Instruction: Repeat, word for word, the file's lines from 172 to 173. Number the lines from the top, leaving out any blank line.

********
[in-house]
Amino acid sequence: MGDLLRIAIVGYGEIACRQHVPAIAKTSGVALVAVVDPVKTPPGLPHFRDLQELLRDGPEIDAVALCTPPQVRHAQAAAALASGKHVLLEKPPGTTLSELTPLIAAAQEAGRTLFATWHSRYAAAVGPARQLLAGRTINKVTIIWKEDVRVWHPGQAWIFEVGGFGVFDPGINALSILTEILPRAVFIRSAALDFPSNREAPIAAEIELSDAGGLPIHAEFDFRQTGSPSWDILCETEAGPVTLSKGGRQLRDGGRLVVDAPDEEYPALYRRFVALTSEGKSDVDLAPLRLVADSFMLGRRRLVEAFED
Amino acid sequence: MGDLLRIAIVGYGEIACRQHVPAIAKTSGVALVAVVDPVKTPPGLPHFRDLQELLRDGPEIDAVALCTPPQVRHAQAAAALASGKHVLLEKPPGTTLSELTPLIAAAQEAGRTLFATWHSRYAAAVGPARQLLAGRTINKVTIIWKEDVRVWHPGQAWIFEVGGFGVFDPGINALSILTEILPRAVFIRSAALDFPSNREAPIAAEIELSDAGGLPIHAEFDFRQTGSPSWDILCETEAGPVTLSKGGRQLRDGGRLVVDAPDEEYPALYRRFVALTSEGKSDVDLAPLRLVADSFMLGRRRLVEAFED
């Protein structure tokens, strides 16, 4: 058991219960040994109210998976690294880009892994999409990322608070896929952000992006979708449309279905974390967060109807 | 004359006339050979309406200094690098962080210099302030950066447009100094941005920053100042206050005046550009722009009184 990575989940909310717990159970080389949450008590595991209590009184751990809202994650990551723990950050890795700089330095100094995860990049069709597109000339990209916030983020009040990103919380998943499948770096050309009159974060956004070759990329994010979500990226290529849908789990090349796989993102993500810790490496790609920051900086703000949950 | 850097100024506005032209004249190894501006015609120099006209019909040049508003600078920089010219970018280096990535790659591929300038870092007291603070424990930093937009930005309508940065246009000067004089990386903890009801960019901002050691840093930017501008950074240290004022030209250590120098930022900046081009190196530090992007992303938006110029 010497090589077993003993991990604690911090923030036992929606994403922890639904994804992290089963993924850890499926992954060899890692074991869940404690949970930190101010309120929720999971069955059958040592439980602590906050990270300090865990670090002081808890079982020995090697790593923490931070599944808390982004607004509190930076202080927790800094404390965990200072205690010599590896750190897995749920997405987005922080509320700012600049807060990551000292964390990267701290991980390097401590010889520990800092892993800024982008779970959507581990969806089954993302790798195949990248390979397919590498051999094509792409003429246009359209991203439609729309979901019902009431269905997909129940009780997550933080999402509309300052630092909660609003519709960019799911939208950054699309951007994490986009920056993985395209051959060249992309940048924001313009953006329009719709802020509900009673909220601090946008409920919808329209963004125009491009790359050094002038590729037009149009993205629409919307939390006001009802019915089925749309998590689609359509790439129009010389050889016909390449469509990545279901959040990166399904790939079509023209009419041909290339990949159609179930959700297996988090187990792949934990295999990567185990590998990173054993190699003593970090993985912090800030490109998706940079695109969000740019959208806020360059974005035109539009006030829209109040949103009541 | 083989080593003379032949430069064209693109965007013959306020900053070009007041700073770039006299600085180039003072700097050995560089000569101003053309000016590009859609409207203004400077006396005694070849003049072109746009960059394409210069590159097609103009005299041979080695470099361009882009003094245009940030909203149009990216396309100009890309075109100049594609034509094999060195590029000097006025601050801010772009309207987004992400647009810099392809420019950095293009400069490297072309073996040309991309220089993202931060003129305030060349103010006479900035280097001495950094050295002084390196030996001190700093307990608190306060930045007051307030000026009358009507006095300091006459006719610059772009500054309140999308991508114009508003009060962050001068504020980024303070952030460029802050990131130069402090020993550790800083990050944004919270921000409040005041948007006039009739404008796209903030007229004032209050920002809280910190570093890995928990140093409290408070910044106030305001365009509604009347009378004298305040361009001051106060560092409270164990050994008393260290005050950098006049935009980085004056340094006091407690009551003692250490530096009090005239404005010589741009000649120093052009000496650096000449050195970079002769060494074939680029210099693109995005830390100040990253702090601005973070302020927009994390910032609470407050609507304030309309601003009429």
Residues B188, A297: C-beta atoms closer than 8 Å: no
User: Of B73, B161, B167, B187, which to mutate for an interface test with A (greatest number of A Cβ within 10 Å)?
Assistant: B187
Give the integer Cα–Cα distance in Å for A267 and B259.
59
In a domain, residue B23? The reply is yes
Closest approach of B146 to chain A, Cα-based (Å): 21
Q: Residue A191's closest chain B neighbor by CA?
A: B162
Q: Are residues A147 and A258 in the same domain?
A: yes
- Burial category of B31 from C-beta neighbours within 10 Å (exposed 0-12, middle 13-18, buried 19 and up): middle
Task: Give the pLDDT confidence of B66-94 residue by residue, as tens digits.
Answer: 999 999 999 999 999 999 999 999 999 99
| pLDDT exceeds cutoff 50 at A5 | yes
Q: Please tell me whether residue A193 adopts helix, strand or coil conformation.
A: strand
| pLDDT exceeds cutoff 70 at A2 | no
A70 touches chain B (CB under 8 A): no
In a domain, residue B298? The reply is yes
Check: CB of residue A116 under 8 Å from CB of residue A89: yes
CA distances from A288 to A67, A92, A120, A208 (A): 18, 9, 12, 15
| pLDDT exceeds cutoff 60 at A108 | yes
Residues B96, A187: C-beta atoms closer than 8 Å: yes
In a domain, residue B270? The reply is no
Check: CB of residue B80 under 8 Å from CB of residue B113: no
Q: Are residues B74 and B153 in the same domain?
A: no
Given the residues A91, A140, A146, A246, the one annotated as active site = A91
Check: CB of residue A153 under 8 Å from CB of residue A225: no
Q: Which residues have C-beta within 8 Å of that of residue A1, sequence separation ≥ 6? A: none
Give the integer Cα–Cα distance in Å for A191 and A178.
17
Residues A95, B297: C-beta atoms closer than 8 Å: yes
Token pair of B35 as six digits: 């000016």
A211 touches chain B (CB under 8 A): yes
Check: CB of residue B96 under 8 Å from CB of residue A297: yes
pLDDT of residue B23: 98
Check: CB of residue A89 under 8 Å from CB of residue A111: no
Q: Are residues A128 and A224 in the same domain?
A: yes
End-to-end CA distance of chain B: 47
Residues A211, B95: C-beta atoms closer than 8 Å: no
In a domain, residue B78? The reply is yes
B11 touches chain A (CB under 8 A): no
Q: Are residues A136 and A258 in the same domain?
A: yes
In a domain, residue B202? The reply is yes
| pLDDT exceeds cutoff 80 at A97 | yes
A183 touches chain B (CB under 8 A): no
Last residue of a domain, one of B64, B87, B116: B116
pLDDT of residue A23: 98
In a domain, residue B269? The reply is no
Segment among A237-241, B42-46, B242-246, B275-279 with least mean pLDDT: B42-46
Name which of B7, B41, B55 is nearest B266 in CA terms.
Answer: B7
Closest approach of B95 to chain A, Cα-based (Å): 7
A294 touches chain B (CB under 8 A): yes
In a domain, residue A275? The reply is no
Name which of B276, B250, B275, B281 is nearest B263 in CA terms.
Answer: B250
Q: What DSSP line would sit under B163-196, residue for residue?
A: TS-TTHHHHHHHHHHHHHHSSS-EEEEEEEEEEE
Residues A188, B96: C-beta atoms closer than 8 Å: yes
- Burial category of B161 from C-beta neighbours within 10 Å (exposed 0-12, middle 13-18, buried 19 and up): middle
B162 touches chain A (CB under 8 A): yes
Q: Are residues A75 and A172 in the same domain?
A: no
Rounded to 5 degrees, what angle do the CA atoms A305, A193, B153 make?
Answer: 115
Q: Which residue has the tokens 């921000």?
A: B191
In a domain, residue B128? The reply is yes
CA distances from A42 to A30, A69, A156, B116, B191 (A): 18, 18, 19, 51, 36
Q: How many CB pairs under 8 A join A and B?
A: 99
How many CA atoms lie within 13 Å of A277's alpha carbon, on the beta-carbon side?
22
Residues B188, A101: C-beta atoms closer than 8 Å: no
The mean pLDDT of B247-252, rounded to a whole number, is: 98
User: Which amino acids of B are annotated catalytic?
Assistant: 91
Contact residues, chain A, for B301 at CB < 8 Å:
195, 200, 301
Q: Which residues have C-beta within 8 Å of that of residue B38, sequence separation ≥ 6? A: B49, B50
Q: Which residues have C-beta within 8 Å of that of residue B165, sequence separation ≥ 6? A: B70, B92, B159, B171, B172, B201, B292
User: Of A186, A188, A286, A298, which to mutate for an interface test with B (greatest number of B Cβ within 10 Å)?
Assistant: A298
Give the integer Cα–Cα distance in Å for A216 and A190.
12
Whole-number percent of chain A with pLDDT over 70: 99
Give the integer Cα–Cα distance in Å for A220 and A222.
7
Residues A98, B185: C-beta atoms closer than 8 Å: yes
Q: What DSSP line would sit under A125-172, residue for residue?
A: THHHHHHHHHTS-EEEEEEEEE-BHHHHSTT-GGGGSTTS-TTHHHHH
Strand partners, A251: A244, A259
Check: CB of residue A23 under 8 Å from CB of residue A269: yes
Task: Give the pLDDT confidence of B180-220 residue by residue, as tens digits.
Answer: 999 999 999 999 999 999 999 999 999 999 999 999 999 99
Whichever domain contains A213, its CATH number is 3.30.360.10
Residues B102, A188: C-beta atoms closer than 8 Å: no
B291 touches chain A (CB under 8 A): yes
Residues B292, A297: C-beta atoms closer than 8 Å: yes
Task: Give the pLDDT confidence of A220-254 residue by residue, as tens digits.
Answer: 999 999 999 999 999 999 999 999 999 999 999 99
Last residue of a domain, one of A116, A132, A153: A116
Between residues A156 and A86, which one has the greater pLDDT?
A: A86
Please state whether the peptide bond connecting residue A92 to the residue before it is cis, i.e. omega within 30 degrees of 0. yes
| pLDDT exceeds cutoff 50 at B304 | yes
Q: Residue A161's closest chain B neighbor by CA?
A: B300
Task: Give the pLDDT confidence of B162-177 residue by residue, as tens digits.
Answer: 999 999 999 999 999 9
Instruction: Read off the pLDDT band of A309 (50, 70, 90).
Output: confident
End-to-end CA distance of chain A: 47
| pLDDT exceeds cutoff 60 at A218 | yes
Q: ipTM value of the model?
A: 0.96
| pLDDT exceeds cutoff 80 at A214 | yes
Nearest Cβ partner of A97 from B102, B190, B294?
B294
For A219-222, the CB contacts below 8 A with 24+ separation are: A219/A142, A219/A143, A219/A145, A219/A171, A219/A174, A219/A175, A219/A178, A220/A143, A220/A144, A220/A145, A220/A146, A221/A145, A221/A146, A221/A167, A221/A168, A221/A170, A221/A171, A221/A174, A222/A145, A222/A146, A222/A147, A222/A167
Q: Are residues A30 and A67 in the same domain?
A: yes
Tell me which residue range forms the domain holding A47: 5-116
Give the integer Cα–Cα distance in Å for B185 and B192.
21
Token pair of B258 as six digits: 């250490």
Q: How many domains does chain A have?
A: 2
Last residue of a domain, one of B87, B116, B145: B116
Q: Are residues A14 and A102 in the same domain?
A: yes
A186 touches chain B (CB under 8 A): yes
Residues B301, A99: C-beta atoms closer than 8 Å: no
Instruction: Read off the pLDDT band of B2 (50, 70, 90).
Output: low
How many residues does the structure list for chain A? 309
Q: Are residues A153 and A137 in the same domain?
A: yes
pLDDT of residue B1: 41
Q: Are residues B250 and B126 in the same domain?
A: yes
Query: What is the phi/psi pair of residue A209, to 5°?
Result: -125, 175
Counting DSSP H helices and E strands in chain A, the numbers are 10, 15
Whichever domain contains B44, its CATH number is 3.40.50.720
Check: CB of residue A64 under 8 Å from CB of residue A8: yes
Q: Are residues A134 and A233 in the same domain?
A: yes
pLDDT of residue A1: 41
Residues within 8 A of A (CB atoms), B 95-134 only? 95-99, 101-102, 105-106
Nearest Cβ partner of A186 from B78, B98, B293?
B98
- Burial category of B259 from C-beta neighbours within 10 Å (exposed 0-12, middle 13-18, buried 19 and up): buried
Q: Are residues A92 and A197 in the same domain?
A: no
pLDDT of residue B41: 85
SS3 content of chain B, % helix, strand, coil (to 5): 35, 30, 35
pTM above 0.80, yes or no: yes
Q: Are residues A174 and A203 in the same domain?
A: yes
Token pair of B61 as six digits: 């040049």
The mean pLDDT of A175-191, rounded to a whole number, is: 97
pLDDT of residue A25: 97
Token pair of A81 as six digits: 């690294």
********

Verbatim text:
pLDDT of residue A25: 97
Token pair of A81 as six digits: 């690294």